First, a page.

If you notice a swelling or bump (anywhere from grape to grapefruit size) in or around your belly button that is more apparent when you cough or sneeze, associated with pressure and or pain around the bellybutton you may have an umbilical hernia.
The umbilical hernia does not occur frequently in pregnancy numbers reported as low as 0.08%. In fact it is more common in people who aren’t pregnant. However as the pregnancy progresses and the uterus puts more pressure on the expanding abdomen it is common for a belly button to go from being an “innie” to an “outie” however if this is excessive and associated with the above symptoms it could be an umbilical hernia. There are certain risk factors that increase the likelihood of developing one:
- carrying multiples (ie twins/triplets)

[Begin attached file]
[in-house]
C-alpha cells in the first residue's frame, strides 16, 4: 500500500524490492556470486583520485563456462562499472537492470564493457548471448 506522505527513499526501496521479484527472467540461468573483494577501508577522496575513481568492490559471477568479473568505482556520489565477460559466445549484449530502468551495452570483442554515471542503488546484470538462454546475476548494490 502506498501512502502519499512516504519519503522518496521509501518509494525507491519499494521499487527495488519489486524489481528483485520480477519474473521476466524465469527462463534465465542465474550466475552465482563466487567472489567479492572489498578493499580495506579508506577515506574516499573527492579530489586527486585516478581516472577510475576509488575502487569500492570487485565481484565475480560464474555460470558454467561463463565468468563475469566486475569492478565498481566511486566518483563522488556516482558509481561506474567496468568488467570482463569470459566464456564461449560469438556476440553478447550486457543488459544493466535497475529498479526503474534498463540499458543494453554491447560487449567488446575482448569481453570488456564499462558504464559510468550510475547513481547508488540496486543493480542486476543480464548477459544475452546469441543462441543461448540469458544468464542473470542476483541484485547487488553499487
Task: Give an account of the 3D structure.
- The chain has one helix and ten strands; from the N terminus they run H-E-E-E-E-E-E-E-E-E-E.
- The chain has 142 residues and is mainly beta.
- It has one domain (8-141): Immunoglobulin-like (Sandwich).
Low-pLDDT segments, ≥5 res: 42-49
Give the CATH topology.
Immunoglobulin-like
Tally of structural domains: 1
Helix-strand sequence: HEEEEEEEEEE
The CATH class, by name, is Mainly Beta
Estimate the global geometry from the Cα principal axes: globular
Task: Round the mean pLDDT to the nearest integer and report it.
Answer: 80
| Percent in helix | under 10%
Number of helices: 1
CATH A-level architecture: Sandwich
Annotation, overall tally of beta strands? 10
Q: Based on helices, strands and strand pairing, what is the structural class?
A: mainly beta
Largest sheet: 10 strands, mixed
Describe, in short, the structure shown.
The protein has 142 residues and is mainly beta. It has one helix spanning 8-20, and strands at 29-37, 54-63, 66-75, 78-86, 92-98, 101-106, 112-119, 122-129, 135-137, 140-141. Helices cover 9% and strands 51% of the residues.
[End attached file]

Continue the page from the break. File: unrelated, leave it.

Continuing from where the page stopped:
- history of having an umbilical hernia
- previous pregnancies (especially if had a longer labour)
- diastasis recti (abdominal 6 pack separation)
- chronic constipation
Generally the treatment approach is to keep an eye on the hernia and make some lifestyle modifications:
- lifting: heavy lifting is not advised with a hernia due to the increase in intra-abdominal pressure
- support: some find wearing a belly band to give support and gentle counter pressure to the hernia gives some relief
- ice: massage with ice around the area has been found by some to give temporary relief to mild discomfort
- weight gain: as obesity is a risk factor, gaining too much weight during pregnancy can increase the symptoms, discuss with your doctor about the weight gain increase range you should be aiming to keep too
- constipation: another risk factor for hernias is chronic constipation; see our post on constipation for management advice to help with this
Surgery is where possible avoided during pregnancy however there are rare occasions – such as a trapped or strangulated hernia. And a repair of the umbilical hernia can be done during a C-section.
If you do have an umbilical hernia many will resolve after the pregnancy but can be helped by ensuring you rehab your pelvic floor and abdomen. Check out our PELVIC CORE & FLOOR program to help you with this after giving birth.